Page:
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A fitting job - Clubfitter helps golfers get into swing

May 27, 2007|By PEPPER BALLARD

Golfers tired of chopping grass with off-kilter clubs might want to swing by the 10th fairway at Beaver Creek Country Club.

There they will find ClubRx Tour Shop, a new portable clubfitting shop, from which golfers can pay to have their drivers, clubs and putters custom-fit by Marty Miller, an engineer, avid golfer and clubfitter.

"Club professionals, they just don't have the time to do clubfitting," Miller, 61, said.

"I saw a need ... Technology and the price of golf clubs has gotten to the point that you should be fitted to know what kind of club to use."

Miller uses Launch Monitor, a computerized clubfitting machine, to analyze a golfer's launch angle, clubhead speed, ball velocity and shot distance, among other variables that determine the best club fit for a player.


The Launch Monitor uses two radar units that track the ball down the range, computing everything that went into hitting the ball that distance. That data is printed out for the player, who may use it to order clubs or to have current clubs adjusted.

Miller's shop - a silver trailer hitched to the back of a large silver pickup truck - is fitted with the equipment needed to make adjustments to a player's clubs based on the data received from Launch Monitor and his own observations.

He can bend a putter head to create a different loft and can adjust the shaft of the putter to make a different lie, which is the angle between the shaft and body a player creates when putting. Miller can tip clubs and regrip them, too.

"I'm trying to give someone a better chance that that club is something that they can grow into," he said.

Miller has been "a single-digit handicapper for 15 years" of the 23 years he's spent golfing, he said. In the past two years, he's spent a lot of money educating himself on clubfitting.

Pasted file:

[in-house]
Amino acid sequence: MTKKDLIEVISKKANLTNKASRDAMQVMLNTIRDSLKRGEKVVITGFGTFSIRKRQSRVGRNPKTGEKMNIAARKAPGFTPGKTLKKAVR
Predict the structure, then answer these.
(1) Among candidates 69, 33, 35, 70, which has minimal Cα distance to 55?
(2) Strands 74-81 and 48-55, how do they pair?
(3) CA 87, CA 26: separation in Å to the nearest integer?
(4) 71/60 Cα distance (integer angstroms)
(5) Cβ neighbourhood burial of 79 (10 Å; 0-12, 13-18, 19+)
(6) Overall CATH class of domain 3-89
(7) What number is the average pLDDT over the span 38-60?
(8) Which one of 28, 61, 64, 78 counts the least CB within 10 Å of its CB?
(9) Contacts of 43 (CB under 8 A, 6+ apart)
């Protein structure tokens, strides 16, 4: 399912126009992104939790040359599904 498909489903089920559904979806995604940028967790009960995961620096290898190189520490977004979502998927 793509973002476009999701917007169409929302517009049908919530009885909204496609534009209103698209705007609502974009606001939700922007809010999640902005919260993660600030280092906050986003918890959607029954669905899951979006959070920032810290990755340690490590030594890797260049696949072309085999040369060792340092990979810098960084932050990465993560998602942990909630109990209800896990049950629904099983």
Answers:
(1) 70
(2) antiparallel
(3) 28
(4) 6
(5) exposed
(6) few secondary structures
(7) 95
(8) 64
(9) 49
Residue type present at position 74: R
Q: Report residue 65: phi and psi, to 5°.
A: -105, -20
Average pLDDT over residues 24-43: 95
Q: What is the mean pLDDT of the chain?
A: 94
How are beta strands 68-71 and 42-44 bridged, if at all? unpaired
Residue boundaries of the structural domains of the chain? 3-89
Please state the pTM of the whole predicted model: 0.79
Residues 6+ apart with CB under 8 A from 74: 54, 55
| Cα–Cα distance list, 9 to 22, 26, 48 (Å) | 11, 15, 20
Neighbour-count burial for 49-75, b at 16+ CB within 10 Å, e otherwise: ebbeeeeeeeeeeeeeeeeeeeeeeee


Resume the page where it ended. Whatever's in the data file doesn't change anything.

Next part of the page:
He's lived across the globe, working contracted engineering jobs, and picked out his clubfitting equipment based on the equipment he noted was used on PGA Tours.

"I want to provide the common golfer with the same things a PGA golfer gets. I've followed technology and knew a Launch Monitor was essential," he said.

The Hagerstown native has worked in satellite communications, ship SONAR and network engineering since college and his Navy service, but had wanted to get into clubfitting for a few years.

"My job is not to fix their swing. It's a professional's job to teach them how to swing," he said.

Miller said that with a new golfer, he wouldn't put them on Launch Monitor, but would instead look at their swing and recommend the proper club for them to use.

For now, Miller is stationed at the semiprivate Beaver Creek Country Club south of Hagerstown, but he said he plans to go to other country clubs in the Tri-State area soon.

Miller said he's known the country club's officials and golf pro Dirk Schultz for years and "convinced them that in this day and age, you need to have a professional fitter and a golf pro. There's hardly anything around Hagerstown that has something like this."

Preliminarily, he said he plans to perform Launch Monitor tests at the Beaver Creek driving range on Thursdays and Fridays and work on putter analysis from his station off the 10th fairway at the course on Mondays, Tuesdays and Wednesdays. He'll handle appointments on the weekends.

The cost to perform the tests and make adjustments varies. Miller said he generally charges $100 an hour, which he said is half the price charged by metropolitan clubfitting professionals.

Typically, an iron fitting takes about 30 minutes, he said.

He will hold a special demonstration of the Launch Monitor at reduced prices on Demo Day, June 3, at Beaver Creek Country Club.

Miller's Web site is at He can be reached at 301-992-1554.

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